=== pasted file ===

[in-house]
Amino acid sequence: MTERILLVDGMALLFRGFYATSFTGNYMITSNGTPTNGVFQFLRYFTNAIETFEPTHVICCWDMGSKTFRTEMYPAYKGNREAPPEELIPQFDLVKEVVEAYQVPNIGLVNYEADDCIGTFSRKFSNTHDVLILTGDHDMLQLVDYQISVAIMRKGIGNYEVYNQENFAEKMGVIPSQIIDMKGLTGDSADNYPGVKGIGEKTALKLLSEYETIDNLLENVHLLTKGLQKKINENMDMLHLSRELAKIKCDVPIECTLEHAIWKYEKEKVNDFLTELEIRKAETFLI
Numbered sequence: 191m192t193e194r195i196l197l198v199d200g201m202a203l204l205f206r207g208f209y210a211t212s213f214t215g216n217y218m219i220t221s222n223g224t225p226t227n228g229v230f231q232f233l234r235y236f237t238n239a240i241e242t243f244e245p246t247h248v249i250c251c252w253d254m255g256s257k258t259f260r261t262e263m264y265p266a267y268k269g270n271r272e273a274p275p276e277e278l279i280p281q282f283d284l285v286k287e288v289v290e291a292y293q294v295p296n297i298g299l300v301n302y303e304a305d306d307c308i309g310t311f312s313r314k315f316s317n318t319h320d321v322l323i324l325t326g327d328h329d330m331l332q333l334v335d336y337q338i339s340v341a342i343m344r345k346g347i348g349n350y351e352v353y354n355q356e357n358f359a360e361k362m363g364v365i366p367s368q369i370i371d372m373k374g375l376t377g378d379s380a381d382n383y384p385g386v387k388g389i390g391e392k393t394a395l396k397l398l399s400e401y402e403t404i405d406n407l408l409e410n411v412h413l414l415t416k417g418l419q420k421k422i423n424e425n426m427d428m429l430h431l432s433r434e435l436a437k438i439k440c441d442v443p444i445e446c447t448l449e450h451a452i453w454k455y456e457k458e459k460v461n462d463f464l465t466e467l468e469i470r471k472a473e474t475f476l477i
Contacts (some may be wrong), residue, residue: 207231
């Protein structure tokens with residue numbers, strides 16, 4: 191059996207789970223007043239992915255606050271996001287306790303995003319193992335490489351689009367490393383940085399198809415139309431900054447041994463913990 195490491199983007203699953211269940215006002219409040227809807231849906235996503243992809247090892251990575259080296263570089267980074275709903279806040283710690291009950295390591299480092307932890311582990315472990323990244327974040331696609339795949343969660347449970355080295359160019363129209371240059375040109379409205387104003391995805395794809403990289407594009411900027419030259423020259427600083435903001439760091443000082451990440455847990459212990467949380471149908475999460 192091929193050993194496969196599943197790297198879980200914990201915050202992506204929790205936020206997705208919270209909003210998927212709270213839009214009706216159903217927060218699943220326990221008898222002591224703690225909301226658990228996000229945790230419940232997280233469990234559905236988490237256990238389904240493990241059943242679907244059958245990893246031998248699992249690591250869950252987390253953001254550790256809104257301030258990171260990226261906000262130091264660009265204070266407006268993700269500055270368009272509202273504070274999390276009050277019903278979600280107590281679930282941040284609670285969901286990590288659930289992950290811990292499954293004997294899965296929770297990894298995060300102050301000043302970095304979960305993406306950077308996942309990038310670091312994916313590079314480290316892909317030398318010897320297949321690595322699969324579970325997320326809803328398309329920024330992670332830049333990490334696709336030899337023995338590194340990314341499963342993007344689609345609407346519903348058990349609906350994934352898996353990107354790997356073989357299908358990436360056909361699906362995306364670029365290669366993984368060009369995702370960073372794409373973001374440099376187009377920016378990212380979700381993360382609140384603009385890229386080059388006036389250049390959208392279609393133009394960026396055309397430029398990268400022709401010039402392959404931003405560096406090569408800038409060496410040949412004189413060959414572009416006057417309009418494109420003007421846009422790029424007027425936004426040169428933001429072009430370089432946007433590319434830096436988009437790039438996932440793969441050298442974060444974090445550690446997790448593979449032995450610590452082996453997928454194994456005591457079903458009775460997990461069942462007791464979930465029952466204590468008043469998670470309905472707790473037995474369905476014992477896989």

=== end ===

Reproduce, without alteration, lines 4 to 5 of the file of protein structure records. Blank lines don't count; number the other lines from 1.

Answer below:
Contacts (some may be wrong), residue, residue: 207231
């Protein structure tokens with residue numbers, strides 16, 4: 191059996207789970223007043239992915255606050271996001287306790303995003319193992335490489351689009367490393383940085399198809415139309431900054447041994463913990 195490491199983007203699953211269940215006002219409040227809807231849906235996503243992809247090892251990575259080296263570089267980074275709903279806040283710690291009950295390591299480092307932890311582990315472990323990244327974040331696609339795949343969660347449970355080295359160019363129209371240059375040109379409205387104003391995805395794809403990289407594009411900027419030259423020259427600083435903001439760091443000082451990440455847990459212990467949380471149908475999460 192091929193050993194496969196599943197790297198879980200914990201915050202992506204929790205936020206997705208919270209909003210998927212709270213839009214009706216159903217927060218699943220326990221008898222002591224703690225909301226658990228996000229945790230419940232997280233469990234559905236988490237256990238389904240493990241059943242679907244059958245990893246031998248699992249690591250869950252987390253953001254550790256809104257301030258990171260990226261906000262130091264660009265204070266407006268993700269500055270368009272509202273504070274999390276009050277019903278979600280107590281679930282941040284609670285969901286990590288659930289992950290811990292499954293004997294899965296929770297990894298995060300102050301000043302970095304979960305993406306950077308996942309990038310670091312994916313590079314480290316892909317030398318010897320297949321690595322699969324579970325997320326809803328398309329920024330992670332830049333990490334696709336030899337023995338590194340990314341499963342993007344689609345609407346519903348058990349609906350994934352898996353990107354790997356073989357299908358990436360056909361699906362995306364670029365290669366993984368060009369995702370960073372794409373973001374440099376187009377920016378990212380979700381993360382609140384603009385890229386080059388006036389250049390959208392279609393133009394960026396055309397430029398990268400022709401010039402392959404931003405560096406090569408800038409060496410040949412004189413060959414572009416006057417309009418494109420003007421846009422790029424007027425936004426040169428933001429072009430370089432946007433590319434830096436988009437790039438996932440793969441050298442974060444974090445550690446997790448593979449032995450610590452082996453997928454194994456005591457079903458009775460997990461069942462007791464979930465029952466204590468008043469998670470309905472707790473037995474369905476014992477896989």